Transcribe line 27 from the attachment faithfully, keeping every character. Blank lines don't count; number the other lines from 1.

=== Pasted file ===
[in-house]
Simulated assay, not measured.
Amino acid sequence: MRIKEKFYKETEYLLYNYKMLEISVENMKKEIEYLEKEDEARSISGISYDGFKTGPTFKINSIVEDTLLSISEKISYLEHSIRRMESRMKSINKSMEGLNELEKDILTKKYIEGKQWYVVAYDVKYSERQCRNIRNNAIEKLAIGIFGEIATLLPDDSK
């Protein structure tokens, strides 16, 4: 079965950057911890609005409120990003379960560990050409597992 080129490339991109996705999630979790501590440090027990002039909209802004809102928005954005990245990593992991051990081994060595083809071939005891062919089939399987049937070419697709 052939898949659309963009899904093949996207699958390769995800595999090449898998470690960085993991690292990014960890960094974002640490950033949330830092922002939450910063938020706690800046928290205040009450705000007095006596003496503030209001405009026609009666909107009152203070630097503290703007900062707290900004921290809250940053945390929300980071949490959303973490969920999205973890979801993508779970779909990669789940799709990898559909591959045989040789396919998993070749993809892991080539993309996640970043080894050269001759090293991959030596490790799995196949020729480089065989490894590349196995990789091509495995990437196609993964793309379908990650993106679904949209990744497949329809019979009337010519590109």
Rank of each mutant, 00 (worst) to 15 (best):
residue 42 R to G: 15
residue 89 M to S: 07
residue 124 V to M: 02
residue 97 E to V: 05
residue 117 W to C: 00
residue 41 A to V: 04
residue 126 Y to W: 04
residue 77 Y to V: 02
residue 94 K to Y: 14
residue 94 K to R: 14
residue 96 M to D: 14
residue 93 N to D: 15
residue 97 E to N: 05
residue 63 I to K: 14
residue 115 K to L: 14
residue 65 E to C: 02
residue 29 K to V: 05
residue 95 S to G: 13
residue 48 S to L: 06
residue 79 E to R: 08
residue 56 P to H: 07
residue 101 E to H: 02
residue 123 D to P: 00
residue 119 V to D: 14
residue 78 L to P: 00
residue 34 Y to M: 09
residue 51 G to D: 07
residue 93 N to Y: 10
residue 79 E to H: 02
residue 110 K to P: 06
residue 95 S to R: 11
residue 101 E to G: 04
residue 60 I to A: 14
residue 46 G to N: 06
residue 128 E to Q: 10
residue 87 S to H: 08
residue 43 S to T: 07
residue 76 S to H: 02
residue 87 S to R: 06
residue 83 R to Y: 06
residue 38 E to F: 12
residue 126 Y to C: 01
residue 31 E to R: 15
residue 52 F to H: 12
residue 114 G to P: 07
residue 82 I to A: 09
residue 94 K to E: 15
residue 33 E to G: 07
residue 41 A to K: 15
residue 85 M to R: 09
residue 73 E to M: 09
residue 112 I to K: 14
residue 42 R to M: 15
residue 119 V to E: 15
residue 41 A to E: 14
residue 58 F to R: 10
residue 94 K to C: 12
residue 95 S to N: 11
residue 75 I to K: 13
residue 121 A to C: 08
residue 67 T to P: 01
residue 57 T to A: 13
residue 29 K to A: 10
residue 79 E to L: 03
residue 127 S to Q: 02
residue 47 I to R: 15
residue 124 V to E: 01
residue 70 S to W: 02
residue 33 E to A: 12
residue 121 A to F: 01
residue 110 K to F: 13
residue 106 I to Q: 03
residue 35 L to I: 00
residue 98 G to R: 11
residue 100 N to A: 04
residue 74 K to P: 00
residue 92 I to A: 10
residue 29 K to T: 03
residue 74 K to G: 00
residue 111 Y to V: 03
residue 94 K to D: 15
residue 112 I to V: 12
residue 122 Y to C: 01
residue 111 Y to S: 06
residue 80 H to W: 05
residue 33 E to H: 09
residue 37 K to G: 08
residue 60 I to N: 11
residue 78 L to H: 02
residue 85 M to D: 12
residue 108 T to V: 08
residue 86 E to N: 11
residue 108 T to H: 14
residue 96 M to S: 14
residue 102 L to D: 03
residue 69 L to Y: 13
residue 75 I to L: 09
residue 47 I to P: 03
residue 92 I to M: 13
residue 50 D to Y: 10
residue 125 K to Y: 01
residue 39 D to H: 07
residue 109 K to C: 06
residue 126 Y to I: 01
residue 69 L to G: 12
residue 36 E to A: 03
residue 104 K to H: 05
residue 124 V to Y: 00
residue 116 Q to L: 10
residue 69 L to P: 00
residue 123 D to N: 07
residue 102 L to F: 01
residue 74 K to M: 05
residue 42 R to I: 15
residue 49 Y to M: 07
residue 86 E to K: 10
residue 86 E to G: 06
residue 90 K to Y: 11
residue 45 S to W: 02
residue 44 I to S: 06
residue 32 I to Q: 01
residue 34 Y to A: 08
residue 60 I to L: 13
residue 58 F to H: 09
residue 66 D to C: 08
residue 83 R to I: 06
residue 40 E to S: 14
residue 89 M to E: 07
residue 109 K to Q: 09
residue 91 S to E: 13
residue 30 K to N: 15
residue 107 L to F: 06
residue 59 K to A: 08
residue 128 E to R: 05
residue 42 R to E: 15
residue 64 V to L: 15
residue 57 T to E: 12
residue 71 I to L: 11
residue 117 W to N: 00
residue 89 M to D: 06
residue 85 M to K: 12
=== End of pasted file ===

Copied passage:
residue 101 E to H: 02